Pubdate: Tue, 17 Jul 2007
Source: Now, The (Surrey, CN BC)
Copyright: 2007 The Now Newspaper
Author: Tom Zytaruk, Surrey Now
Bookmark: (Cannabis - Canada)


A North Delta man who ran a large marijuana growing operation fed by
stolen electricity has lost an appeal of his 15-month jail sentence on
a two-to-one decision by the B.C. Court of Appeal.

Keith Gordon Wallis received that prison sentence and one year's
probation for growing 638 pot plants in a house he co-owned with his
parents, in the 11100-block of 81A Avenue.

During his trial, Wallis argued his constitutional right to be secure
from unreasonable search and seizure was violated because B.C. Hydro
employees who had entered his property to locate an electrical bypass
were acting as agents for the police.

But failing to sway Judge John Lenaghan, Wallis eventually pleaded
guilty to the unlawful production of marijuana and was sentenced in
April 2005. He'd originally been charged with possession and
production of marijuana, and stealing electricity.

According to a pre-sentencing report, Wallis's parents had no idea
what he was up to and were "extremely disappointed" when they found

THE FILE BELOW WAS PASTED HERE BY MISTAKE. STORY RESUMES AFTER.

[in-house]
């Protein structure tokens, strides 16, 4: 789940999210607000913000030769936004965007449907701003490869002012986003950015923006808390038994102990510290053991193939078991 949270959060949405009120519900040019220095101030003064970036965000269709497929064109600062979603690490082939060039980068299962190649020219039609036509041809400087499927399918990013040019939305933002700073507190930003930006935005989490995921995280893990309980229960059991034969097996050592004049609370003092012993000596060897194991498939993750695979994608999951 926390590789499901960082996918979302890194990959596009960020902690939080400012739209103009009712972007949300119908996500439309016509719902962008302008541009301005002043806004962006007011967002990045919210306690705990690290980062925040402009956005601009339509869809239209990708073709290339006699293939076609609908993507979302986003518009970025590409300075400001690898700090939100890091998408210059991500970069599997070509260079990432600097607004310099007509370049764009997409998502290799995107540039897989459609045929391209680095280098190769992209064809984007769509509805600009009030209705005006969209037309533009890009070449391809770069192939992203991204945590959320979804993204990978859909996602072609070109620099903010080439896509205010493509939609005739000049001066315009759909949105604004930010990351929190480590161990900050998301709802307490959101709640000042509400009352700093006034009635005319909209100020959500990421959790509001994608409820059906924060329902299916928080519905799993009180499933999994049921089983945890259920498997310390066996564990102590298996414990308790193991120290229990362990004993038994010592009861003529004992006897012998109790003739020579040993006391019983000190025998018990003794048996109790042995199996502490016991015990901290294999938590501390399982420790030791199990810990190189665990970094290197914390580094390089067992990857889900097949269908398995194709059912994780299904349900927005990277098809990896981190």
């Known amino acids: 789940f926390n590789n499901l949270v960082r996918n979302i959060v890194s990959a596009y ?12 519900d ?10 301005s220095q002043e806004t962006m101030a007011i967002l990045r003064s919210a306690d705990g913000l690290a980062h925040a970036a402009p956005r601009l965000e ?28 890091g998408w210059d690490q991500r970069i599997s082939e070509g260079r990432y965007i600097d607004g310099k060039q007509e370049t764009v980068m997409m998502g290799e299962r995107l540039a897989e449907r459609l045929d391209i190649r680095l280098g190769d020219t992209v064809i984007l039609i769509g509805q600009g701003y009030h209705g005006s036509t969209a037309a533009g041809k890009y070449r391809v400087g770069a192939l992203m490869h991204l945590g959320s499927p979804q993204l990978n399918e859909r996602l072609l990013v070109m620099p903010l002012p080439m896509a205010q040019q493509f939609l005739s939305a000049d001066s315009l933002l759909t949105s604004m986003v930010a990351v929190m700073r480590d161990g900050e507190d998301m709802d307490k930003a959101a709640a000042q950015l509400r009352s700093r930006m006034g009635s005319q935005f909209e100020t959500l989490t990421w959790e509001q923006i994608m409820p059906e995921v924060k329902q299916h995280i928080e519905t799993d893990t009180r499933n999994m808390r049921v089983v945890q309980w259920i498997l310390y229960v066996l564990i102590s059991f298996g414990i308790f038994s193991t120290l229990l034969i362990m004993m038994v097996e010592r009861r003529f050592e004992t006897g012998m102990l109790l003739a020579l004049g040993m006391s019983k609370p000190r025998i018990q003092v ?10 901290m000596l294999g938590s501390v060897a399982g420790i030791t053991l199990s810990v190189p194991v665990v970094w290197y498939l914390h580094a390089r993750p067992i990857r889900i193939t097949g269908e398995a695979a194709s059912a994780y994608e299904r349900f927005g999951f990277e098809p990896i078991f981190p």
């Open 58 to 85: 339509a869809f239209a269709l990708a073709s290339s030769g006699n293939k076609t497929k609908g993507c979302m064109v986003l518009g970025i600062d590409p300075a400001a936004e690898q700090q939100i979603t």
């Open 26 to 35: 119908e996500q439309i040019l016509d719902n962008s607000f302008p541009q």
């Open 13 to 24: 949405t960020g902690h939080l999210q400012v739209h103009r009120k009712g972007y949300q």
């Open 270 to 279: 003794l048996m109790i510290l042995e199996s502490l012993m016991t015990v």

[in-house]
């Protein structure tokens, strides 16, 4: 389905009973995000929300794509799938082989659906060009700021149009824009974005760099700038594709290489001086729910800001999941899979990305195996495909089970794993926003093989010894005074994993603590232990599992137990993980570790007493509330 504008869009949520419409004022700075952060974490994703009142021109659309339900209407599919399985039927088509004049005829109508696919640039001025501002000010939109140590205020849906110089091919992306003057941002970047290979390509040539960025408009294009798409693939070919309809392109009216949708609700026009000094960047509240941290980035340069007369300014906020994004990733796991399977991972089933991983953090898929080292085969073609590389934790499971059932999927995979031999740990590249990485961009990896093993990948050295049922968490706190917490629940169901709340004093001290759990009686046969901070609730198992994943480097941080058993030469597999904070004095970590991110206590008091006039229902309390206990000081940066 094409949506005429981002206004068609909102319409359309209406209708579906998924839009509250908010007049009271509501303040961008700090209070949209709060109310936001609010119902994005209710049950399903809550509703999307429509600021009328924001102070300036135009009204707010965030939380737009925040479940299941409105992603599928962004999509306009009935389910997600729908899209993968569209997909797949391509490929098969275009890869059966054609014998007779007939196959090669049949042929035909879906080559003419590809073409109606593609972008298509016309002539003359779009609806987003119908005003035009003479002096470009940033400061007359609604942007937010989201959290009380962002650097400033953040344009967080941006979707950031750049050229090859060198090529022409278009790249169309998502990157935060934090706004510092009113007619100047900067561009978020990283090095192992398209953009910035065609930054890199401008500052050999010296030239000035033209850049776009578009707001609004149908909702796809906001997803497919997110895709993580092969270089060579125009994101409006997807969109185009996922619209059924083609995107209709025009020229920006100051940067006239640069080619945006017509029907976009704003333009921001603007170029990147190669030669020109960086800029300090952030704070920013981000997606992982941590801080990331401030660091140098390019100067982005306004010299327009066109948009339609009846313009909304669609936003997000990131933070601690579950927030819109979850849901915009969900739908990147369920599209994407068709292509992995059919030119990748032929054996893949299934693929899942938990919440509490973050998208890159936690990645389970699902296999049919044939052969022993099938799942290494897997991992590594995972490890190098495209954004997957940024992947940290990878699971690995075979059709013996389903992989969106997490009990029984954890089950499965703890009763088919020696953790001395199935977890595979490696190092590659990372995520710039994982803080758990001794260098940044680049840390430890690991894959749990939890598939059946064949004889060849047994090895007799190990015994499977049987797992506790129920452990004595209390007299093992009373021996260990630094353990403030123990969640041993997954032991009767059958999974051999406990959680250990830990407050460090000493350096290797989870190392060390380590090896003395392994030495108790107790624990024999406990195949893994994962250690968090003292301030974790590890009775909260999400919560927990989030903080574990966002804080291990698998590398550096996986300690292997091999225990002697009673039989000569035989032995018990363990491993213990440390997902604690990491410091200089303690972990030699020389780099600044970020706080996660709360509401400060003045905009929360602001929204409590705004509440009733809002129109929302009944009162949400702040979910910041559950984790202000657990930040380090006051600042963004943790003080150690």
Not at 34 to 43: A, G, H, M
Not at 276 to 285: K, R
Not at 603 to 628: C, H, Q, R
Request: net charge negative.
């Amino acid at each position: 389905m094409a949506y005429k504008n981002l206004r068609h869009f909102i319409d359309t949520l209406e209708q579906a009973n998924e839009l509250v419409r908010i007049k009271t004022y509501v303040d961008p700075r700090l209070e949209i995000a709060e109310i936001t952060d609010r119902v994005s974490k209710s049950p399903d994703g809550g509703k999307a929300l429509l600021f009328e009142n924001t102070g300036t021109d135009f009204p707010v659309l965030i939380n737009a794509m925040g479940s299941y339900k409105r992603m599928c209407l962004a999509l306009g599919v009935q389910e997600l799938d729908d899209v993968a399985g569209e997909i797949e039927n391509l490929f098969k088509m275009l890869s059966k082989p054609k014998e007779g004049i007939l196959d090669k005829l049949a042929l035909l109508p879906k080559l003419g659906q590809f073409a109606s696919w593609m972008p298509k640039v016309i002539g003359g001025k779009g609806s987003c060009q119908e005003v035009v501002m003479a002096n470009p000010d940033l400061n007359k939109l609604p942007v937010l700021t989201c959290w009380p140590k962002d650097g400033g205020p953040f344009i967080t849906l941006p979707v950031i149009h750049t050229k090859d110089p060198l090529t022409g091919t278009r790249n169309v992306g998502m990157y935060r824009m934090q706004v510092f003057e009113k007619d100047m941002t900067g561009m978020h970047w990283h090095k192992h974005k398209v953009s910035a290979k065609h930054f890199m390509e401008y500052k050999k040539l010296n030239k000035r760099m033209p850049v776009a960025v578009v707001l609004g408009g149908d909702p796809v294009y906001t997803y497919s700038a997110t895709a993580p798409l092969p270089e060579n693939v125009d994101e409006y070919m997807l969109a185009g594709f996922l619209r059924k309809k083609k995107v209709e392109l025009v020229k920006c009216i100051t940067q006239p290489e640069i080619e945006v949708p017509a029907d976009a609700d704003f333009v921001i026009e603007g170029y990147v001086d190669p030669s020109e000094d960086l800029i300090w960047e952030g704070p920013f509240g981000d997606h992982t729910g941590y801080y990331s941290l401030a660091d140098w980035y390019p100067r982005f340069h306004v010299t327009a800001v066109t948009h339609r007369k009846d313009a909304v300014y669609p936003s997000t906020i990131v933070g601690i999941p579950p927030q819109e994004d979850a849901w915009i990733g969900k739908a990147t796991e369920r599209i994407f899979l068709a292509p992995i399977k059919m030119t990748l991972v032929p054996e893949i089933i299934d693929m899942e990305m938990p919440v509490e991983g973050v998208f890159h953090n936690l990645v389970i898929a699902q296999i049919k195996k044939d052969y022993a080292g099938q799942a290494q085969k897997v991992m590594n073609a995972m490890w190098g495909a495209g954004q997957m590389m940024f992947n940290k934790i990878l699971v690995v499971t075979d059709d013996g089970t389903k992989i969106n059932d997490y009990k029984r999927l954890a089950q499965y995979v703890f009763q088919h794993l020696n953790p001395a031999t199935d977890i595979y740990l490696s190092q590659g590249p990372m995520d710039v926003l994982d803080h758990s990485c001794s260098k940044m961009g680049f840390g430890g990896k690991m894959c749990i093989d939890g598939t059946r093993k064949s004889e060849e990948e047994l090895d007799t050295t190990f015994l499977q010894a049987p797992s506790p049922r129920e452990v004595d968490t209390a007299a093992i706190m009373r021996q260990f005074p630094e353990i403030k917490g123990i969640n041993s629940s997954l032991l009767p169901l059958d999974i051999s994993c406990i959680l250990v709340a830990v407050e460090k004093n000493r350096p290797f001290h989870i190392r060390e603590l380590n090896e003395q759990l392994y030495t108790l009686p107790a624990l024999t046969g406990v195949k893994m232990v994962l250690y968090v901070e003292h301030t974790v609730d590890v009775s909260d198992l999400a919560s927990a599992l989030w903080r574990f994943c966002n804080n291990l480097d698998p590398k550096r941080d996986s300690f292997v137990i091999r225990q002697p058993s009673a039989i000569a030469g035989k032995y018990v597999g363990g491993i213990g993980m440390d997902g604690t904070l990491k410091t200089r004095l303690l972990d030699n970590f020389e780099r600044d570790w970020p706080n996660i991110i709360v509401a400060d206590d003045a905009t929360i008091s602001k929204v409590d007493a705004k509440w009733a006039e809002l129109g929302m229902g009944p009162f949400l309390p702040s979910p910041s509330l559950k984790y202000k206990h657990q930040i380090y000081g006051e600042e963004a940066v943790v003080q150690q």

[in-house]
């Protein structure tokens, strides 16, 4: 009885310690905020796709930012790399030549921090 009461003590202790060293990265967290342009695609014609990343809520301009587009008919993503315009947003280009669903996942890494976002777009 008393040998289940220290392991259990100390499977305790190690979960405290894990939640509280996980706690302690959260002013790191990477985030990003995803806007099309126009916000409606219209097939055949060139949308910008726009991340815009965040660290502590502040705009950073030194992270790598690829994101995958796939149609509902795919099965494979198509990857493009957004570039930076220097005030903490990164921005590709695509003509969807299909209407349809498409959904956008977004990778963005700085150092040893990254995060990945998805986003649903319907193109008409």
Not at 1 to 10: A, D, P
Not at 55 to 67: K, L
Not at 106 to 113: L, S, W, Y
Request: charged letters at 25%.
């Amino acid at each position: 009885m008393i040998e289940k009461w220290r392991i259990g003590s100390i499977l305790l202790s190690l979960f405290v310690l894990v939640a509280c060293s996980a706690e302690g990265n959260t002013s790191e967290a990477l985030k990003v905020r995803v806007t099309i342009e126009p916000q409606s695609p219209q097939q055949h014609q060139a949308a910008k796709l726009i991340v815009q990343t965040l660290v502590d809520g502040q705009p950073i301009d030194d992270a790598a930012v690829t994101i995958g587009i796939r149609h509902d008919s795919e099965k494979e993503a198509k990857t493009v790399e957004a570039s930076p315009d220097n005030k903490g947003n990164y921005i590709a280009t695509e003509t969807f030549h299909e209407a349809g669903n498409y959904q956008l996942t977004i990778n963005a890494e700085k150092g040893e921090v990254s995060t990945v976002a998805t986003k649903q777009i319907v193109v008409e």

out he was growing pot in the house.

Wallis was 32 years old when sentenced. The court heard he has a
12-year-old daughter - who lives with her mom and step dad - and
worked as an auto mechanic before quitting his job to become a
full-time pot grower.

After his conviction he sold the house at a financial loss because of
damage from the grow op, but has compensated his parents since.

At sentencing, the Crown argued for a one-year term served either in
prison or at home, and the defence argued for one year's house arrest.

But Lenaghan hit him with the 15 months in prison plus a year's
probation in an attempt to deter other pot growers from "causing harm
in so many ways to the greater community."

"A conditional sentence," Lenaghan reasoned, "would in the
circumstances of this offence and this offender, utterly fail to
achieve these objectives."

He found the electric bypass posed a serious risk to Wallis's
neighbours, and found the accused's deception of his own family and
motivation by greed to be aggravating factors.

On Friday, Appeal Court Justice Risa Levine upheld the sentence with
Justice Pamela Kirkpatrick concurring. "The offence is driven by greed
and has obvious deleterious effects on the community," Levine noted.

Justice Allan Thackray dissented, finding 15 months house arrest
appropriate. "For over four years Mr. Wallis has lived a lawful and
productive life, returned to lawful employment, expressed regret for
his sojourn into crime and lived up to his word," he reasoned.
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